MOROCCO LIBRARY PROJECT (MLP)
inspiring literacy, building friendship
We develop English libraries at under-resourced public high schools in rural Morocco (see where). Oliveseed founder Barb Mackraz started Morocco Library Project (MLP) in January 2014 as a personal project and now manages it within Oliveseed, where it continues to thrive and has evolved to the nationwide Short Story Competition for teens. The libraries are in Amazigh communities in desert and mountain areas, where we collaborated with teachers and students to understand the local context and curate an enjoyable collection for them. Some are school libraries; most are smaller libraries tailored to the needs of an after-school English club for the most motivated learners. We have developed library resources for Peace Corps volunteers and twice received support from the U.S. Embassy.
What began as the "Purple Library" near the Algerian border blossomed into dozens. Our goal is to inspire a love of learning and culture of reading, and for young people to have the knowledge, confidence, connections, and resources to make a positive difference in this world. It's a privilege to work with teenagers in Morocco who never had books before for pleasure reading or access to knowledge richness in English — and have embraced it with all their hearts.
Same wall, same student, 5 months later
Today, Fatima is the 1st woman in her family to go to university.
The Power of One
In her 1962 book "Silent Spring," Rachel Carson wrote eloquently about the wonder of nature and how we were destroying it through indiscriminate use of pesticides. Her words led to the banning of DDT in the U.S. and catalyzed the start of the whole environmental movement. Reading about Carson inspired students in Morocco to learn more about environmental issues of today, start environmental clubs of their own, and plant trees at their schools. This is why we like to include biographies of inspiring people.
One person, and even one book, can make a huge difference in this world. Words and truth have power. This is a great lesson for young people to learn.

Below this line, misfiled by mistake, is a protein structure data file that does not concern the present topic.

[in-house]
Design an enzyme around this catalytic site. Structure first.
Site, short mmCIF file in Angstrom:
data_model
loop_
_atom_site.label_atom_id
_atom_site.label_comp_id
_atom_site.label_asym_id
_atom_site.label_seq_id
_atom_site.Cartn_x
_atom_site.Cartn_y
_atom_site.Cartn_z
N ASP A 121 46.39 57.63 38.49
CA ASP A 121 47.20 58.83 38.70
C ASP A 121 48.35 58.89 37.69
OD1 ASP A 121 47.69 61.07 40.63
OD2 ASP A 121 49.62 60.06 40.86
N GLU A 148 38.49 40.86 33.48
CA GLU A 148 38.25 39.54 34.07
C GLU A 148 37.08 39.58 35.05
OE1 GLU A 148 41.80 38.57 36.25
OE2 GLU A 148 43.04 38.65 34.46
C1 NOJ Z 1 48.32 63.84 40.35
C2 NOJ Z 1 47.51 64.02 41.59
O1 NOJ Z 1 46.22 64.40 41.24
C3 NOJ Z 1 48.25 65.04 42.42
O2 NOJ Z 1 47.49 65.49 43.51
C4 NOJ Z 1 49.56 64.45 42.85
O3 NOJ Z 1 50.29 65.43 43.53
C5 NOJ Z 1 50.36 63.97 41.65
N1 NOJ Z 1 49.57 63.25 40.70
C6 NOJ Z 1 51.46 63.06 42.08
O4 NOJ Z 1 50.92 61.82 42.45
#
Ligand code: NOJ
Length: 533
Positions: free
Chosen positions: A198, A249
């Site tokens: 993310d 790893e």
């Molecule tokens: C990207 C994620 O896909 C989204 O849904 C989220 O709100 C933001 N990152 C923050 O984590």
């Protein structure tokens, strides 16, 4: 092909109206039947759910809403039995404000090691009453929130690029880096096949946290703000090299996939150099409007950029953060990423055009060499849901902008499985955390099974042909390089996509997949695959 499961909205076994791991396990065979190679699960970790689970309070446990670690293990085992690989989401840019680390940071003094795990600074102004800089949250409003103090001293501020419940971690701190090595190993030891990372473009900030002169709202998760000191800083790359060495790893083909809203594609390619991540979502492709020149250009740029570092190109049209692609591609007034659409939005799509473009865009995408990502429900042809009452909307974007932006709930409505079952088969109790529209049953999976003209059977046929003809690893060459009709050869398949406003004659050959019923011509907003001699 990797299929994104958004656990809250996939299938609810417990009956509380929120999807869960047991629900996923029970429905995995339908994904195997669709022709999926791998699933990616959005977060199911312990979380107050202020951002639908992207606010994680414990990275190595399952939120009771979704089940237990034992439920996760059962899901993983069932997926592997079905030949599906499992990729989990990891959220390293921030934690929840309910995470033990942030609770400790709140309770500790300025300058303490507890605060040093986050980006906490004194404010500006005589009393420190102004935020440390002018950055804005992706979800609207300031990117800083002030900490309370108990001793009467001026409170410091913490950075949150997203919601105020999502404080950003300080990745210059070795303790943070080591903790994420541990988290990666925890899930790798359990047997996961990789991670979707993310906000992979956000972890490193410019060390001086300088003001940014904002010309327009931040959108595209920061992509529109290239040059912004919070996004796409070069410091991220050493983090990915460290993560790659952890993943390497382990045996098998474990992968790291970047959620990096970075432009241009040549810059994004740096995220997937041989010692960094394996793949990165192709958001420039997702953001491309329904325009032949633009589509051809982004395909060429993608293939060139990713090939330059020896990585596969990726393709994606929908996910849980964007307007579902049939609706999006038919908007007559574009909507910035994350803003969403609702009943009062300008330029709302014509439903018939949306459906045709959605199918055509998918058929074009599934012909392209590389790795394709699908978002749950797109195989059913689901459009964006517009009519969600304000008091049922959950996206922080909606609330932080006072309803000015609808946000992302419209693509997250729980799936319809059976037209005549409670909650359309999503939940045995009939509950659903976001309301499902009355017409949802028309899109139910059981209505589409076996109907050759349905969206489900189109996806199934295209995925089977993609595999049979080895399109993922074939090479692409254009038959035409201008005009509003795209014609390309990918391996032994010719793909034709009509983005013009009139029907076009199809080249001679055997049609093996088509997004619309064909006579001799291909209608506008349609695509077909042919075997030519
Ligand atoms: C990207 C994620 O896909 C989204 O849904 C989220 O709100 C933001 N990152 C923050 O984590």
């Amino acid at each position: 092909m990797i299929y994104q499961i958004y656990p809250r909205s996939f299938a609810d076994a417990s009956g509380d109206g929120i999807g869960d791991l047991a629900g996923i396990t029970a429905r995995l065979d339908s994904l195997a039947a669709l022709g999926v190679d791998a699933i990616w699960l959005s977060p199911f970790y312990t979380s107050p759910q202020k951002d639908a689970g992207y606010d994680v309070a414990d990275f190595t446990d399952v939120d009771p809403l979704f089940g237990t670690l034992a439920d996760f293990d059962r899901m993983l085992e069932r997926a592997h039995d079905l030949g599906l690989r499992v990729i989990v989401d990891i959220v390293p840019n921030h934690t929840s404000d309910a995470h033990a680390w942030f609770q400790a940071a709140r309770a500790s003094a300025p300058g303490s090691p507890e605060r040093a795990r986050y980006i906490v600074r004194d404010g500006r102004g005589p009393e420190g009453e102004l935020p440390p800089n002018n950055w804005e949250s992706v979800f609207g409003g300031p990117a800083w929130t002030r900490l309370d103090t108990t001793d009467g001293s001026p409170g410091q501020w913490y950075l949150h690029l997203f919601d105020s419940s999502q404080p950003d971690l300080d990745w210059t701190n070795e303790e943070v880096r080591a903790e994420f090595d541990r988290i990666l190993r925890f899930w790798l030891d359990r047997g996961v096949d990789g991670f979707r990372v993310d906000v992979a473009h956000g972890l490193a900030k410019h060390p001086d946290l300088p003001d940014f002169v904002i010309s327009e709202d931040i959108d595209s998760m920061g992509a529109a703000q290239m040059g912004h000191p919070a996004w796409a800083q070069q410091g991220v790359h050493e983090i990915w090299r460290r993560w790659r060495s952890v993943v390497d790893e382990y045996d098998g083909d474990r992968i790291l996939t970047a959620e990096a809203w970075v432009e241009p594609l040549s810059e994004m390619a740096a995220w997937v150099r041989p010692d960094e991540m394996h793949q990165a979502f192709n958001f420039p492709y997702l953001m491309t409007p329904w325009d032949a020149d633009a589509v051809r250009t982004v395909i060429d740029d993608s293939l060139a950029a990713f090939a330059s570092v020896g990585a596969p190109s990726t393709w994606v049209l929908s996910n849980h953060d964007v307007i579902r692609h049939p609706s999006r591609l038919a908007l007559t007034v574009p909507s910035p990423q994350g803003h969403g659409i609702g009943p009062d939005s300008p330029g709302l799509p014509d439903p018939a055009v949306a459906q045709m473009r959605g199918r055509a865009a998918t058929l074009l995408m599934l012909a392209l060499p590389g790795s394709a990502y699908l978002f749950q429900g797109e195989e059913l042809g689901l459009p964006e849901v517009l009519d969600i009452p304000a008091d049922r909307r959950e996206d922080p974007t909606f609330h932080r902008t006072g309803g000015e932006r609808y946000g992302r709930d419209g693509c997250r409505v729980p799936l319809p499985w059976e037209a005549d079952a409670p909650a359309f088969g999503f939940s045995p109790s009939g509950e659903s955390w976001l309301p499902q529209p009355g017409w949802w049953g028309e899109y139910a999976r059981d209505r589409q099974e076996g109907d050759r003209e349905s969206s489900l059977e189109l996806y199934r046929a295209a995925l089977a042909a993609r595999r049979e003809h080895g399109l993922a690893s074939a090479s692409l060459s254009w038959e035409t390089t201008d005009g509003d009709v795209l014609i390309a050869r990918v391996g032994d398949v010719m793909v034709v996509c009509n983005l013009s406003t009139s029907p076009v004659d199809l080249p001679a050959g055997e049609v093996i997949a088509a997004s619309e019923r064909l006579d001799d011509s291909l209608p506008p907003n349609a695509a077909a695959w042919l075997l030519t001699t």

"I have taken part in many interesting English Language Teaching programs nationwide. Morocco Library Project, though, is exceptionally different; its impact can be felt in our students’ mindset and behavior. MLP’s impact has gone beyond improving English to boosting students’ critical thinking, creativity, self-confidence, and motivation. MLP to me is that abundant source of hope, inspiration, and love. Students from underserved areas are giving more importance to reading as the real engine of change."
~Ali Amhal, Biougra, Morocco
Oliveseed MLP team member
English teacher & founder of Access Language Center
The Impact on Girls
MLP is for all students, boys and girls alike, and we feel strongly it should be that way. But it's having an especially profound impact on girls. In some rural regions of Morocco, female participation in secondary school is as low as 26%. By contrast, these after-school English clubs with libraries are over 60% girls, who are embracing the supportive environment and the extra-curricular learning activities of the library. As teachers often tell us, "Girls love to read!" And they report that once their club has a library, more girls join in.
What's in the Libraries?
A breadth of quality fiction and nonfiction for all reading levels. After consulting with the teacher on their needs and interests, we buy books in the U.S. at an educator's discount and ship them.
Classic and modern literature, including contemporary young adult novels that touch on current themes. This includes world literature, and we are increasingly adding to the collection books from Africa, both North and Sub-Saharan.
Poetry, essays, and folktales from around the world.
Great books for learners, such as the Who Is / Who Was series. We sometimes include children's picture storybooks.
Picture-rich nonfiction about nature, science, inventions, and architecture; and biographies of inspiring people who have done positive things.
Creative writing from students, including their own short stories and tales they collect from their elders. We publish these writings in books and add them to the libraries.
Before & After: New High School, Erfoud
"Imagine a school without a single book on a poor shelf! That was my school... so keep imagining, creating a library in a school where there is no place called library. What might seem to be a little for some is really a treasure to others."
~ Abdelhaq Elkouar, English teacher, New High School
"A school without a library is like a body without a soul."
~ Meriem, age 16, Erfoud